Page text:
Regina Leader-Post
Type Daily newspaper
Format Broadsheet
Owner(s) Postmedia Network
Founded 1883
Headquarters 1964 Park Street
Regina, Saskatchewan
S4P 3G4
Circulation 42,362 daily, 44,508 Saturday in 2011[1]
Website www.leaderpost.com

The Leader-Post is the daily newspaper of Regina, Saskatchewan, Canada, and now a member of the Postmedia Network.


The first Leader Building with surrounding town, Regina, 1884

The newspaper was first published as The Leader in 1883 by Nicholas Flood Davin, soon after Edgar Dewdney, Lieutenant-Governor of the North-West Territories, decided to name the then-vacant and featureless site of Pile-O-Bones, renamed Regina by Princess Louise, Duchess of Argyll, wife of the then Governor General of Canada, as territorial capital rather than previously established Battleford, Troy and Fort Qu'Appelle, presumably because he had acquired ample land on the site for re-sale.

The first Leader Building, Regina, Assiniboia, 1884

"A group of prominent citizens approached lawyer Nicholas Flood Davin soon after his arrival in Regina and urged him to set up a newspaper. Davin accepted their offer  and their $5000 in seed money. The Regina Leader printed its first edition on March 1, 1883."[2] Published weekly by the mercurial Davin, it almost immediately achieved national prominence during the North-West Rebellion and the subsequent trial of Louis Riel. Davin had immediate access to the developing story, and his scoops were picked up by the national press, briefly bringing the Leader to national prominence.

Davin's greatest coup was sending his reporter Mary McFadyen Maclean to conduct a jailhouse interview with Riel. Maclean obtained this by masquerading as a francophone Catholic cleric and interviewing Riel in French under the nose of uncomprehending anglophone watch-house guards.[3]

Growth and absorbing competitors

The Leader Building, 13th Avenue and Hamilton Street, downtown Regina, circa 1910.

Having begun with a small wooden shack before Regina had full streets, or electricity and plumbing outside Government House, The Leader soon moved to a substantial office building on the southwest corner of Hamilton Street and 11th Avenue, one block east of what was then the post office, southwest across street from City Hall. It then moved to a multi-story building across Hamilton Street to the south of the Simpson's department store. It ultimately relocated in the 1960s to east-city outskirts on Park Street at Victoria Avenue, where it still remains.

The third Leader-Post building, Hamilton Street west of the Simpson's store

In 1920, the Leader merged with another paper, the Regina Evening Post, itself in a building on Twelfth Avenue at Rose Street before the merger, and continued to publish daily editions of both before consolidating them under the title The Leader-Post in 1930.[4] Newspapers were a thriving industry in the days through television's arrival in the 1950s until the Internet in the 1990s began to change people's gathering of news, compounded by the merger of local companies into ownership of local companies by national multi-corporation organizations. Other titles absorbed by the Leader-Post included the Regina Daily Star and The Province.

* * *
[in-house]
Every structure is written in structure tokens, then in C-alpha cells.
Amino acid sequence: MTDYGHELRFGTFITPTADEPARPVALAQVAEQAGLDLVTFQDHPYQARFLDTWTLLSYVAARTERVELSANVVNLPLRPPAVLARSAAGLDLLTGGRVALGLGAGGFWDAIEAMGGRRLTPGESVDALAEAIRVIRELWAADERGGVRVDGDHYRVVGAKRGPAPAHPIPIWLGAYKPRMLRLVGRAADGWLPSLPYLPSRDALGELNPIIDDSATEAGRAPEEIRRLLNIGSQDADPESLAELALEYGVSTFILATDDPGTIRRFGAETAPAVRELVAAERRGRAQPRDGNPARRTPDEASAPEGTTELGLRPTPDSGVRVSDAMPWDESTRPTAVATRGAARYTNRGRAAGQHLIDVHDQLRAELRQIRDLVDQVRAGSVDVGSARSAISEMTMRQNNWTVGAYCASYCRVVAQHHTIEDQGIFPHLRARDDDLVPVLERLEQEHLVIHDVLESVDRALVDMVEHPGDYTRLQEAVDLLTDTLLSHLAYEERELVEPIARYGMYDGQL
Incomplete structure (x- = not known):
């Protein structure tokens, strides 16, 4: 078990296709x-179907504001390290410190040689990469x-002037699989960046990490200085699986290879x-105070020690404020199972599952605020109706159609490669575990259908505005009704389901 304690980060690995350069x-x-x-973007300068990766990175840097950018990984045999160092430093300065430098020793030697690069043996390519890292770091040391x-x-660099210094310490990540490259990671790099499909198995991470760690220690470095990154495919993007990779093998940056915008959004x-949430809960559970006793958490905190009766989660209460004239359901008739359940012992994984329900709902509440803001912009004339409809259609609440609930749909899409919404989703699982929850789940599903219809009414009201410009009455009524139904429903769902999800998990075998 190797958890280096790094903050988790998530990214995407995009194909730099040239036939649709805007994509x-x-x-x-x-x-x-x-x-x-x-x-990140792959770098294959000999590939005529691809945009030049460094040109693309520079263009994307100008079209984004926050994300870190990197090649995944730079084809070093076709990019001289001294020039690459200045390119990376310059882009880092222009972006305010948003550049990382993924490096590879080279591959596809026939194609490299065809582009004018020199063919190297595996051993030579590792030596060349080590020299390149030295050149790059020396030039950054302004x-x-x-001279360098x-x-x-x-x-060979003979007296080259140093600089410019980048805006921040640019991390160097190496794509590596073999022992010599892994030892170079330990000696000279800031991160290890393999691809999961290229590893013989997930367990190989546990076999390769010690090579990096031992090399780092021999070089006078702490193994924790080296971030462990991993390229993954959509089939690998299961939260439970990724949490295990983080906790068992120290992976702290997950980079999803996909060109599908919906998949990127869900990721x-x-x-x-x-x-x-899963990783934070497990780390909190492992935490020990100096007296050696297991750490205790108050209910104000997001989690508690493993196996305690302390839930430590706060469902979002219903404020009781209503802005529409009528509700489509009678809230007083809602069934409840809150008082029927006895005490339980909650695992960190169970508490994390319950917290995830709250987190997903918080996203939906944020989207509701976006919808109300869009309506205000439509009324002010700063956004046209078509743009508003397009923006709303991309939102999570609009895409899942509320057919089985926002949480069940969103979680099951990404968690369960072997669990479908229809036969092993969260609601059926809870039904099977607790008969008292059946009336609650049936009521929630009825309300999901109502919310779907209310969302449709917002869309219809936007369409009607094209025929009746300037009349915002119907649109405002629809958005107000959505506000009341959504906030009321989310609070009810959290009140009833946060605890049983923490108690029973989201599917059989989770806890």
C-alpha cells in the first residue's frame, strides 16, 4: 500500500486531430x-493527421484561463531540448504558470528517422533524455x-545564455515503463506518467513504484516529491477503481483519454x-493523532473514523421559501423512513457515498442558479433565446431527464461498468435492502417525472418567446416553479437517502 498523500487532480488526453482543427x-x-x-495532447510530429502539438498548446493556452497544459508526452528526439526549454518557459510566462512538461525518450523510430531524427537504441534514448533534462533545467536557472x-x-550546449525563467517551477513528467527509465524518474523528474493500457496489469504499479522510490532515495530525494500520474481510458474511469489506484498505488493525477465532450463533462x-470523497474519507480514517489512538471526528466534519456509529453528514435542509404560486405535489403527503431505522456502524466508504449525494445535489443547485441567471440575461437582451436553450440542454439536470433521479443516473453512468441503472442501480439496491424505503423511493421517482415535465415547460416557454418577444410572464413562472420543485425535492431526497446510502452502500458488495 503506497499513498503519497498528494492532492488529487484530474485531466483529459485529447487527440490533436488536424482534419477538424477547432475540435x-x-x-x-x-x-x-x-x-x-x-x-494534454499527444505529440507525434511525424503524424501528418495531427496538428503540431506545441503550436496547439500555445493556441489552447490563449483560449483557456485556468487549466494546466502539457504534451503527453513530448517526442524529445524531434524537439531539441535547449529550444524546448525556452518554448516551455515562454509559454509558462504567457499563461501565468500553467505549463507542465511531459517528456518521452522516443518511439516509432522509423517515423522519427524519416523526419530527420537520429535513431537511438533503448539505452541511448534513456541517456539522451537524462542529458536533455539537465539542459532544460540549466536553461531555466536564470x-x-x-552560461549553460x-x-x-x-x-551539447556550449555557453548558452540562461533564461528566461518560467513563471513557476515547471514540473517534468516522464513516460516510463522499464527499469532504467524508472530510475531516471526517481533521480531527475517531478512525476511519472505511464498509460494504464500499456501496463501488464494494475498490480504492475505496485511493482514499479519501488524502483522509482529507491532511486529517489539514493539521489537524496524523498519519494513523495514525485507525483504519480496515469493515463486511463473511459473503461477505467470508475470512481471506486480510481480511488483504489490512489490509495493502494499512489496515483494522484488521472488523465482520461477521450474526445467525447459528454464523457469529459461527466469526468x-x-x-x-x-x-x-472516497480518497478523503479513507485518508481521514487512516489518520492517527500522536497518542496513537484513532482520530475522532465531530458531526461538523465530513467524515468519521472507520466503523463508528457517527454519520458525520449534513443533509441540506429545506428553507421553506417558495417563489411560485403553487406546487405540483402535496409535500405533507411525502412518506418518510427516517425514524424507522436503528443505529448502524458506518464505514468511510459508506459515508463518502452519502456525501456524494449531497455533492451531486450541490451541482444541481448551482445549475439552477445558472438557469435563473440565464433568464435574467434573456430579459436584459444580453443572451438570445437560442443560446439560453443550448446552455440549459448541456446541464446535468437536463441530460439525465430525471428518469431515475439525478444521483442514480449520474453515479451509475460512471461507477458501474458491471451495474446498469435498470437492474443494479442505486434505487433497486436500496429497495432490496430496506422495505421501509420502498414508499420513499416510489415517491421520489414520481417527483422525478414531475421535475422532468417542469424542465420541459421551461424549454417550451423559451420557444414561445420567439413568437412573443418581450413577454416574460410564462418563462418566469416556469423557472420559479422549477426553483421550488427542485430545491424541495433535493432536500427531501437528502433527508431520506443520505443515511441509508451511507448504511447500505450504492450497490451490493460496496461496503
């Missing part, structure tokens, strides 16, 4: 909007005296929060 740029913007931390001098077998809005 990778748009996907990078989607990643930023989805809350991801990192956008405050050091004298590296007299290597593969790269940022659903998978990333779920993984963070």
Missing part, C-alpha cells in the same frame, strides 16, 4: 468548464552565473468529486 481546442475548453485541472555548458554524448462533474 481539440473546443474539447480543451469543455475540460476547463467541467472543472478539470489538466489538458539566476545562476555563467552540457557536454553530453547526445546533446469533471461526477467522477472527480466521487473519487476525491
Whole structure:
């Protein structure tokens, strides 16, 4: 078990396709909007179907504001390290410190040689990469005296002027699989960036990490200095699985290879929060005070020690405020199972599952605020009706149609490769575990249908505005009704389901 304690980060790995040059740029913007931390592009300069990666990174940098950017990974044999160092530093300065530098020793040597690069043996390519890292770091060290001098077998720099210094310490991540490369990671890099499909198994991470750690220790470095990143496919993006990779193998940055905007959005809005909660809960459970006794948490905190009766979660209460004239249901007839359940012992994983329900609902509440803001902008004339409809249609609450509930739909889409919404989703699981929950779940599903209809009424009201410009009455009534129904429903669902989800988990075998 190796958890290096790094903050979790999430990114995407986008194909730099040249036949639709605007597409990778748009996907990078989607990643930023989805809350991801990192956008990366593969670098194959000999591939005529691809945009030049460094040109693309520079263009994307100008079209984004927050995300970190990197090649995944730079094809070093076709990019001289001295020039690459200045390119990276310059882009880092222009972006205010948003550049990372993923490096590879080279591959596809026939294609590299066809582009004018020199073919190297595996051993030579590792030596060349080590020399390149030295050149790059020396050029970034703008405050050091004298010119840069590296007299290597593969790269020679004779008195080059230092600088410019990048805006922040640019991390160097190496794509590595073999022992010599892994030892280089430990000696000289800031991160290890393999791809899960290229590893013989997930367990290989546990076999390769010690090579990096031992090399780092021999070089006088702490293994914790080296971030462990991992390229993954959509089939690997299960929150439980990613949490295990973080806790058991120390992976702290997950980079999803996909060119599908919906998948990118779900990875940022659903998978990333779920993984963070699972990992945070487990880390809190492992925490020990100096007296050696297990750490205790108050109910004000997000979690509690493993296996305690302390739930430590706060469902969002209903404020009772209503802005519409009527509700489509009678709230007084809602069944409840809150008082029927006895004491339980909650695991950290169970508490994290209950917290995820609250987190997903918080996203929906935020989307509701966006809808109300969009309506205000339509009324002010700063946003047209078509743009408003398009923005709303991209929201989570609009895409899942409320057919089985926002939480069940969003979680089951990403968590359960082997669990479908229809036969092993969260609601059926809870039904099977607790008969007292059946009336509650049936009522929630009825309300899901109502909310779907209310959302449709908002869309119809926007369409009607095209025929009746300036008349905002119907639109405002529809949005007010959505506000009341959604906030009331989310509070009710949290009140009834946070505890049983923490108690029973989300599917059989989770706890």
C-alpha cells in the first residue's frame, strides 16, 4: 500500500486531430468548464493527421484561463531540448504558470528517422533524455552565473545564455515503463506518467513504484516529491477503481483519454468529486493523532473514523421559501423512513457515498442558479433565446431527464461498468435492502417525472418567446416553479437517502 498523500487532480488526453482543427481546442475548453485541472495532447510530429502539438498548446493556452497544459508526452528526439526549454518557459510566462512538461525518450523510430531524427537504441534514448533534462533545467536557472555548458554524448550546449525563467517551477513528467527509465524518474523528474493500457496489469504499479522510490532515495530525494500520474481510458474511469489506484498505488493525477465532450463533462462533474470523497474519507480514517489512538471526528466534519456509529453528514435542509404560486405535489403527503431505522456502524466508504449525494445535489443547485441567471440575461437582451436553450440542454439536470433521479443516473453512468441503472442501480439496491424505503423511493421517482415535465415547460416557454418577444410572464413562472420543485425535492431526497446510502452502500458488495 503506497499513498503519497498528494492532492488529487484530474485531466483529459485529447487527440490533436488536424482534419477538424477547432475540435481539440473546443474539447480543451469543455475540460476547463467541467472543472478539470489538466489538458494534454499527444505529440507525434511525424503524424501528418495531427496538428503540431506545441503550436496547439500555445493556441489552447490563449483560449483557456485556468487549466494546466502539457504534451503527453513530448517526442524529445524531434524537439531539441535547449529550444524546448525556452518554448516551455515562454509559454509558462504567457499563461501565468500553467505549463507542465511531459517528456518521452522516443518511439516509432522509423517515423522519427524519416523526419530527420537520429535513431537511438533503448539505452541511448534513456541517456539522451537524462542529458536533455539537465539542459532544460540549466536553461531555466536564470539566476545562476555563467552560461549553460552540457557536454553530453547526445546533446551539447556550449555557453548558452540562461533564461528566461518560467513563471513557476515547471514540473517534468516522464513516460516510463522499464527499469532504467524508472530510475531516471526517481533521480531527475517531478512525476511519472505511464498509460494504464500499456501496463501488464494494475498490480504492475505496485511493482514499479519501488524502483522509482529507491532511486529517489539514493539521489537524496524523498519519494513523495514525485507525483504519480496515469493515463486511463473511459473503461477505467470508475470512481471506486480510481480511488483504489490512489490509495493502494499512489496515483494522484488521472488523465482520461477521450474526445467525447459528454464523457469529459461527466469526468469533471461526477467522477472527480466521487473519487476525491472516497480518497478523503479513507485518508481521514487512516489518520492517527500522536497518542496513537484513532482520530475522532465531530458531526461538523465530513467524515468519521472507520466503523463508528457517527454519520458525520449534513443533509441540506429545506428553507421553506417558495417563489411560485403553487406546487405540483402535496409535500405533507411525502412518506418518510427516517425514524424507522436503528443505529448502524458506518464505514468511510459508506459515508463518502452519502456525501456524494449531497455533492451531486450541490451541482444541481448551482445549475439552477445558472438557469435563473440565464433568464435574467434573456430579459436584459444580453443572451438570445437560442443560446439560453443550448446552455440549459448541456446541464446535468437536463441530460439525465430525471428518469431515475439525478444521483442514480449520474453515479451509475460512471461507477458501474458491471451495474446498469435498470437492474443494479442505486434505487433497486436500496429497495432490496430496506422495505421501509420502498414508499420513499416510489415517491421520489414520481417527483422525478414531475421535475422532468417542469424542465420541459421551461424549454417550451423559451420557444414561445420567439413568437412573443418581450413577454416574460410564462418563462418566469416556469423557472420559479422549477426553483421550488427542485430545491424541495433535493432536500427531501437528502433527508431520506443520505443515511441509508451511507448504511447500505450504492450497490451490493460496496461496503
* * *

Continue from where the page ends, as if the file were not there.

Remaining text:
In 1995, the Leader-Post released an electronic version of the newspaper so that subscribers could view their newspapers on the Internet. Electronic and daily print subscribers also enjoy access to extra content not available to all readers.

Corporate ownership

Decline of local news coverage radically occurred later that year when the paper and its sister, the Saskatoon StarPhoenix, were acquired from their owner, the Markham, Ontario-based Armadale group, by Hollinger Inc., a company then headed by then-Canadian media baron Conrad Black. Within three months, the staffs at each newspaper had been cut by one-quarter, these cuts becoming a cause célèbre in Canadian journalism. The event with substantial elimination of staff and coverage of local news corresponded with one at the Regina television station CKCK-DT, once locally owned but by 1985 no longer so.

An immediate effect was a significant reduction in coverage of local and provincial news, and a greater coverage of national events. Loss of news reporter staff, the increasing television news coverage and the arrival and growth of the internet all increased difficulty in preserving, much less increasing, the Leader-Post's significance.

Black's company subsequently divested itself of the Leader-Post, together with most other Canadian news media it had owned, in conjunction with Black's renunciation of his Canadian citizenship in order to obtain an English peerage.

See also


  1. Audit Bureau of Circulations e-Circ data for the six months ending September 30, 2011. Retrieved February 16, 2012.
  2. "Regina: The Early Years." http://scaa.usask.ca/gallery/regina/central/downtown_business/CORA_RPL_B_395.html. Viewed November 16, 2012.
  3. "Davin". Canadianshakespeares.ca. 2008-05-16. Retrieved 2013-01-07.
  4. http://www.reginalibrary.ca/prairiehistory/highlights_education.html

Regina Public Library. Newspapers. http://www.reginalibrary.ca/prairiehistory/highlights_education.html Accessed August 13, 2015.

External links

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